Heat vs. Spurs: LeBron James Must Be Aggressive from Tip for Miami to Win Game 5

Pete SchauerCorrespondent IJune 16, 2013

SAN ANTONIO, TX - JUNE 13:  LeBron James #6 of the Miami Heat goes up for a shot against Kawhi Leonard #2 of the San Antonio Spurs in the first half during Game Four of the 2013 NBA Finals at the AT&T Center on June 13, 2013 in San Antonio, Texas. NOTE TO USER: User expressly acknowledges and agrees that, by downloading and or using this photograph, User is consenting to the terms and conditions of the Getty Images License Agreement.  (Photo by Derick E. Hingle/Pool/Getty Images)
Pool/Getty Images

As we saw in Game 4, as the Big Three go, the Miami Heat go. 

Miami is tied 2-2 with the San Antonio Spurs in the NBA Finals as a crucial Game 5 takes place Sunday night in San Antonio—the last home game of the season for the Spurs.

The Heat are at their best when LeBron James, Dwyane Wade and Chris Bosh are contributing in all facets of the game, but the biggest key for the Heat is when James comes out active and aggressive.

James was passive in the first three games of the Finals—no performance worse than Game 3—but that all changed in Game 4, as ESPN Stats and Info shows.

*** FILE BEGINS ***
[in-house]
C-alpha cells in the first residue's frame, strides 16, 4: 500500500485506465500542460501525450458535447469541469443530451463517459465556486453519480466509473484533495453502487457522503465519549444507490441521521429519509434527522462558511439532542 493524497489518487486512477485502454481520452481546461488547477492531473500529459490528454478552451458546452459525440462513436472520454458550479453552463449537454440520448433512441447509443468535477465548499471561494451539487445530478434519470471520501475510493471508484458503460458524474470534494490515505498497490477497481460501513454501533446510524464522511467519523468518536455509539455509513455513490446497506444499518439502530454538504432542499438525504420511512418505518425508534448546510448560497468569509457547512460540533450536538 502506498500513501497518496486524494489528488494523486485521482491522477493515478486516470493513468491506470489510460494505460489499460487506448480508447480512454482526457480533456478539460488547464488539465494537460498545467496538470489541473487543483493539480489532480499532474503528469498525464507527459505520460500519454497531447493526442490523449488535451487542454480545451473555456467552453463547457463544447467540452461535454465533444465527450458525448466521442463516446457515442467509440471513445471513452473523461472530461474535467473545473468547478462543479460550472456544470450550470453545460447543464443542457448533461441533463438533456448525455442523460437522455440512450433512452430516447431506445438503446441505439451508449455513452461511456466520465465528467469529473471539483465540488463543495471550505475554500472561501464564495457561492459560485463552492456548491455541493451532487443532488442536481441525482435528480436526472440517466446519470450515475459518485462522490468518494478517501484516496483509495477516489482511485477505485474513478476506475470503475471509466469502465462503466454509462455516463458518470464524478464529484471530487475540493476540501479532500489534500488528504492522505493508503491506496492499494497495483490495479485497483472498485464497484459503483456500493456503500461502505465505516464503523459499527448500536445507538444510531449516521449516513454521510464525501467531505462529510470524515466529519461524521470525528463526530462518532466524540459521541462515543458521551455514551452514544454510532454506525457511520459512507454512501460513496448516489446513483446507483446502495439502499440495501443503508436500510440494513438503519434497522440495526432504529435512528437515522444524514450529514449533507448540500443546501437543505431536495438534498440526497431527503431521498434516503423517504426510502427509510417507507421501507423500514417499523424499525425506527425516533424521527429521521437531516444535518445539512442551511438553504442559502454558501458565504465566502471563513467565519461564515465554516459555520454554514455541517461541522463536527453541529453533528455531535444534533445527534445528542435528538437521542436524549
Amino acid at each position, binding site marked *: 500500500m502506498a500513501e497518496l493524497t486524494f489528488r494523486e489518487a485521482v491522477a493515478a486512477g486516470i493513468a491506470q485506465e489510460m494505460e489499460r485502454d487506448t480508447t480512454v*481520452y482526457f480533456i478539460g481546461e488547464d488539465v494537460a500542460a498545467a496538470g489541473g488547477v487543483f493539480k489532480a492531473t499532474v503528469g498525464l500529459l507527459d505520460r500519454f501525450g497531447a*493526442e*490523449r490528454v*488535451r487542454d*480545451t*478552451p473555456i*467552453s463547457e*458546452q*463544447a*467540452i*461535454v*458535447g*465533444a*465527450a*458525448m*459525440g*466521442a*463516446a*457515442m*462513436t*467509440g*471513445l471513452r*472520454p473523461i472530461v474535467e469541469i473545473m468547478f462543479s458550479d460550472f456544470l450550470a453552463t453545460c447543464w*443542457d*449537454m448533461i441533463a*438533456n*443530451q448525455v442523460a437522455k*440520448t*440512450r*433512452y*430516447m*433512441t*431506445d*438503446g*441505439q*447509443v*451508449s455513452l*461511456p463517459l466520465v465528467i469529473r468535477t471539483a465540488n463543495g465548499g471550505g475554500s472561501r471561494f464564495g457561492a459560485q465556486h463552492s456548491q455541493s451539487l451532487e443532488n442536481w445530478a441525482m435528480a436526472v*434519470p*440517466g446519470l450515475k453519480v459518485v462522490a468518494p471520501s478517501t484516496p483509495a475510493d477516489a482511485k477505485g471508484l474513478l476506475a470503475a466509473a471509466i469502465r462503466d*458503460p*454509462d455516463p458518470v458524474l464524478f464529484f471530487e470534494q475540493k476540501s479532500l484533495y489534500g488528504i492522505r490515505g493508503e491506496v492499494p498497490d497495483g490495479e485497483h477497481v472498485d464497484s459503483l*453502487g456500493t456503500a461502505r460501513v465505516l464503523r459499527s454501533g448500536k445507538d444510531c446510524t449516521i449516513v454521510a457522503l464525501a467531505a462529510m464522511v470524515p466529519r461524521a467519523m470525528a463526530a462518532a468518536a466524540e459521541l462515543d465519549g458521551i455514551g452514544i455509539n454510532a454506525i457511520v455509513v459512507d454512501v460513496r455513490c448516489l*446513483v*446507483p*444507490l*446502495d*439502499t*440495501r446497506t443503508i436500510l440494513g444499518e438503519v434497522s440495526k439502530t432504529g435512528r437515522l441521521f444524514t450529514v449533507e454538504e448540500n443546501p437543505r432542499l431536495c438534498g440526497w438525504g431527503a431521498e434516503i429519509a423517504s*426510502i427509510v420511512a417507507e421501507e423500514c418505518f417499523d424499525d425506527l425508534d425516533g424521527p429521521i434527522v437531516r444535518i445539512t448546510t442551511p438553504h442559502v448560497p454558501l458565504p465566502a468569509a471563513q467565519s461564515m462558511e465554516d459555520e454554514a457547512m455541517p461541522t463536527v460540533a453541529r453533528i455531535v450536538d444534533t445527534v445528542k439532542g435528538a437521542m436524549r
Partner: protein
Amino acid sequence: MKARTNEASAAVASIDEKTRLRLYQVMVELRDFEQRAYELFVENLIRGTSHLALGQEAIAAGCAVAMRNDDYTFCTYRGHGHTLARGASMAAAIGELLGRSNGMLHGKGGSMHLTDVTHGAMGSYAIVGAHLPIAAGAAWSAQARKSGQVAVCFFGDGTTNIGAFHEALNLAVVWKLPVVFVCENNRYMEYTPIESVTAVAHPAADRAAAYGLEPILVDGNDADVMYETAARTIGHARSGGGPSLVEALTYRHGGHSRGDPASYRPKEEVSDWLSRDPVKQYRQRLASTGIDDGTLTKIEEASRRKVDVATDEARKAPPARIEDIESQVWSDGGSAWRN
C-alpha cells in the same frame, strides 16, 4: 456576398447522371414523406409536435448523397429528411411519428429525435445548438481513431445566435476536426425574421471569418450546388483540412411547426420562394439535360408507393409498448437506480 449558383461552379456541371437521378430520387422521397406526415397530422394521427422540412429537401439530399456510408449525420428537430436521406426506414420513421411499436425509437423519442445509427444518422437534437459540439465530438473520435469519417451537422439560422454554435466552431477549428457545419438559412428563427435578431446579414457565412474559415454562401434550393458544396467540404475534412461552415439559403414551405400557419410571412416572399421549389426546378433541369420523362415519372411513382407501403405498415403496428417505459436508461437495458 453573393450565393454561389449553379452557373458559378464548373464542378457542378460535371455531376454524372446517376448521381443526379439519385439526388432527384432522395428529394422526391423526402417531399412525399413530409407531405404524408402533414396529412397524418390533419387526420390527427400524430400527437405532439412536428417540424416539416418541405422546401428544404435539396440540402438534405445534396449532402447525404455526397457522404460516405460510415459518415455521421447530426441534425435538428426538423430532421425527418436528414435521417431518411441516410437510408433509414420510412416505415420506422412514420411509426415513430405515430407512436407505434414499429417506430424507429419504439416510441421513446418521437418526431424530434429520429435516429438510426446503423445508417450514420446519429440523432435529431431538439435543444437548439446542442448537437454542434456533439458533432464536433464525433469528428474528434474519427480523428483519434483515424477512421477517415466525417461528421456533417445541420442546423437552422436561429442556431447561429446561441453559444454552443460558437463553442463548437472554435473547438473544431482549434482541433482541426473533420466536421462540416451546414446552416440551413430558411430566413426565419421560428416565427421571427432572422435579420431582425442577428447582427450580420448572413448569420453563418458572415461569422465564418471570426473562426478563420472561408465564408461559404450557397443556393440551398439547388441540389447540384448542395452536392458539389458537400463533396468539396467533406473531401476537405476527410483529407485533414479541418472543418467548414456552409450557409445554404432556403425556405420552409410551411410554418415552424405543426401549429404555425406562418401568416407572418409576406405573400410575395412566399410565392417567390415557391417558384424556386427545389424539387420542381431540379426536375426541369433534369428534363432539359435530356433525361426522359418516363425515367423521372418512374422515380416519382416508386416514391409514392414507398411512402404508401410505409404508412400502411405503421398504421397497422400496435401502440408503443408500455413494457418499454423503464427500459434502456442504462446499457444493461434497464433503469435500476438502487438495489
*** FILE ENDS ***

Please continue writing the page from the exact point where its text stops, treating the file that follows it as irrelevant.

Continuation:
James went for 33 points in Miami's 109-93 win in Game 4, shooting 15-for-25 from the field to go with 11 rebounds, four assists, two steals and two blocks.

More importantly for the Heat, James was assertive early, establishing himself in the post and taking the ball to the rim. As the flow of the game went on, James gained more confidence from his play inside and used it to his advantage on the outside, where he was knocking down mid-range and outside jumpers.

I mentioned James' dismal Game 3 output earlier, but his scoring totals were way down throughout the first three games of the Finals. Take a look:

As you can see, James only eclipsed the 20-point mark once in four Finals games in 2013, which is something we're not accustomed to seeing. In last year's Finals, the least amount of points James scored was 26, as he averaged 28.8 points per game en route to an NBA Finals MVP award.

James isn't the only key for Miami, though. To me, Wade is the ultimate key for the Heat.

If he continues to play the way he did in Game 4 (32 points, six rebounds, four assists and six steals), Miami is going to win back-to-back titles. 

But it all starts with James.

James must come out aggressive, attacking the basket and drawing fouls to get to the free-throw line. If he does that, the game will come to him, and he'll get more open looks from the outside, which is what we saw in Game 4.

If James is aggressive throughout and Wade stays active and productive, the Heat will be hanging another banner inside AmericanAirlines Arena.